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Cassava Brown Streak Disease spreading rapidly

CBSD can claim 100 per cent of a farmer's harvest (© E Kanju/IITA)
CBSD can claim 100 per cent of a farmer's harvest
© E Kanju/IITA

New outbreaks of Cassava Brown Streak Disease (CBSD) could cause a 50 per cent drop in production, cassava experts are warning. "Cassava is already incredibly important for Africa and is poised to play an even bigger role in the future, which is why we need to move quickly to contain and eliminate this plague," says Claude Fauquet, a scientist at the International Center for Tropical Agriculture (CIAT). "We are particularly concerned that the disease could spread to West Africa and particularly Nigeria - the world's largest producer and consumer of cassava - because Nigeria would provide a gateway for an invasion of West Africa where about 150 million people depend on the crop."

Little-known until about ten years ago, CBSD has emerged as the most serious threat among cassava viruses: infections can claim 100 per cent of a farmer's harvest. There have been recent reports of new outbreaks in Angola and the Democratic Republic of the Congo, the third largest cassava producer. Members of the Global Cassava Partnership for the 21st Century (GCP21) - an alliance of scientists, developers, donors and industry representatives - gathered recently to discuss tactics to combat viral diseases, including developing more disease-resistant varieties. "More than any other crop, cassava has the greatest potential to reduce hunger and poverty in Africa, but CBSD and other viruses are crippling yields," Fauquet adds. "We need to treat CBSD and other destructive viruses like the smallpox of cassava - formidable diseases, but threats we can eradicate if everyone pulls together."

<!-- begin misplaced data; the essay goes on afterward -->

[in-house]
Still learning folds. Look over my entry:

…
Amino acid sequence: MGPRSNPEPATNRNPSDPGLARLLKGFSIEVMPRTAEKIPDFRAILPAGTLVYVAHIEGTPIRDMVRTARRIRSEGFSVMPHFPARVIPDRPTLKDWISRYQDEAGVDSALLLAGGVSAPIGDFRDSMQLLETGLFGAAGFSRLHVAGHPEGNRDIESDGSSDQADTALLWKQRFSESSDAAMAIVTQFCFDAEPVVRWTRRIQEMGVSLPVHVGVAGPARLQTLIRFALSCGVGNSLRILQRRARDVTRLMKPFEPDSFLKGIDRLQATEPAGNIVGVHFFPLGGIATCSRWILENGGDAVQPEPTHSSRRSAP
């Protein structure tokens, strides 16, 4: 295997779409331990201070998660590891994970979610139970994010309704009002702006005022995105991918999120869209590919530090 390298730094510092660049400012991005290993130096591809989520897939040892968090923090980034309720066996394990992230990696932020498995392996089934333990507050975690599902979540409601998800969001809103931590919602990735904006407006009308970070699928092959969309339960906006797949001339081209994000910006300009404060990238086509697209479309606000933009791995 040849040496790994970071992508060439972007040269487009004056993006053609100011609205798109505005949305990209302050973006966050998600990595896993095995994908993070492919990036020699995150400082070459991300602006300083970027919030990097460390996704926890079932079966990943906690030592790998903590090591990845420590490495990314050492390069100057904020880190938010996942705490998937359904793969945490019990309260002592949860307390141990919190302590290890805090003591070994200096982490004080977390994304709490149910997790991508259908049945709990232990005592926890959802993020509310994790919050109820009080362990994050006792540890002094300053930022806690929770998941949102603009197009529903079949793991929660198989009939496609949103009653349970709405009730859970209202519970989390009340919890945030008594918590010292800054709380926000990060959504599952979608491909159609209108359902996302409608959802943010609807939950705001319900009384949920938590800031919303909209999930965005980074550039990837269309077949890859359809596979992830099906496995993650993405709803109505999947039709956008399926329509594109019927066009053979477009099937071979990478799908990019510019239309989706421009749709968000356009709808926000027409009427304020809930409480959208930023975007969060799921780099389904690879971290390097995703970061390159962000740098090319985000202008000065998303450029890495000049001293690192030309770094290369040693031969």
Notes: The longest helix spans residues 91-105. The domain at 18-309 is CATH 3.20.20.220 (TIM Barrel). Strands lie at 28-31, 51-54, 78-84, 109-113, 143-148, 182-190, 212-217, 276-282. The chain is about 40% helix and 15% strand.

Date published: May 2013

 

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